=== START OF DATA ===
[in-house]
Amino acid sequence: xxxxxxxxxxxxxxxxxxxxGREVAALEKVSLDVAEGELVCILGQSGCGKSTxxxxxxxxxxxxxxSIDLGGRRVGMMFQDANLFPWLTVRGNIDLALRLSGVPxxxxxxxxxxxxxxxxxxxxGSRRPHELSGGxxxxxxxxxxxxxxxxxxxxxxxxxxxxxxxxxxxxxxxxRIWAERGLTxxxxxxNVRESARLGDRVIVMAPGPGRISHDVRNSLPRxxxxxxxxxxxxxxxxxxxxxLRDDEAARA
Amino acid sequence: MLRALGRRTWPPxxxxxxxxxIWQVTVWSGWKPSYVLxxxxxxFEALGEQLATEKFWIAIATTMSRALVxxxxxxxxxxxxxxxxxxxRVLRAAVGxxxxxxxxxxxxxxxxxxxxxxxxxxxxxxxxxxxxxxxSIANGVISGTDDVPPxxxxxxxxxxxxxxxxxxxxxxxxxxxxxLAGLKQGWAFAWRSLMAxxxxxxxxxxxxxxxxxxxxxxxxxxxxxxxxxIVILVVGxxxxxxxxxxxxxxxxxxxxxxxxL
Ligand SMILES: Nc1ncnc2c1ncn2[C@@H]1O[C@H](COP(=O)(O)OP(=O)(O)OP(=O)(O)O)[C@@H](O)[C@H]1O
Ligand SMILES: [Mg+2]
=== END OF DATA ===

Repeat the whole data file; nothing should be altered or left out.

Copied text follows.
[in-house]
Amino acid sequence: xxxxxxxxxxxxxxxxxxxxGREVAALEKVSLDVAEGELVCILGQSGCGKSTxxxxxxxxxxxxxxSIDLGGRRVGMMFQDANLFPWLTVRGNIDLALRLSGVPxxxxxxxxxxxxxxxxxxxxGSRRPHELSGGxxxxxxxxxxxxxxxxxxxxxxxxxxxxxxxxxxxxxxxxRIWAERGLTxxxxxxNVRESARLGDRVIVMAPGPGRISHDVRNSLPRxxxxxxxxxxxxxxxxxxxxxLRDDEAARA
Amino acid sequence: MLRALGRRTWPPxxxxxxxxxIWQVTVWSGWKPSYVLxxxxxxFEALGEQLATEKFWIAIATTMSRALVxxxxxxxxxxxxxxxxxxxRVLRAAVGxxxxxxxxxxxxxxxxxxxxxxxxxxxxxxxxxxxxxxxSIANGVISGTDDVPPxxxxxxxxxxxxxxxxxxxxxxxxxxxxxLAGLKQGWAFAWRSLMAxxxxxxxxxxxxxxxxxxxxxxxxxxxxxxxxxIVILVVGxxxxxxxxxxxxxxxxxxxxxxxxL
Ligand SMILES: Nc1ncnc2c1ncn2[C@@H]1O[C@H](COP(=O)(O)OP(=O)(O)OP(=O)(O)O)[C@@H](O)[C@H]1O
Ligand SMILES: [Mg+2]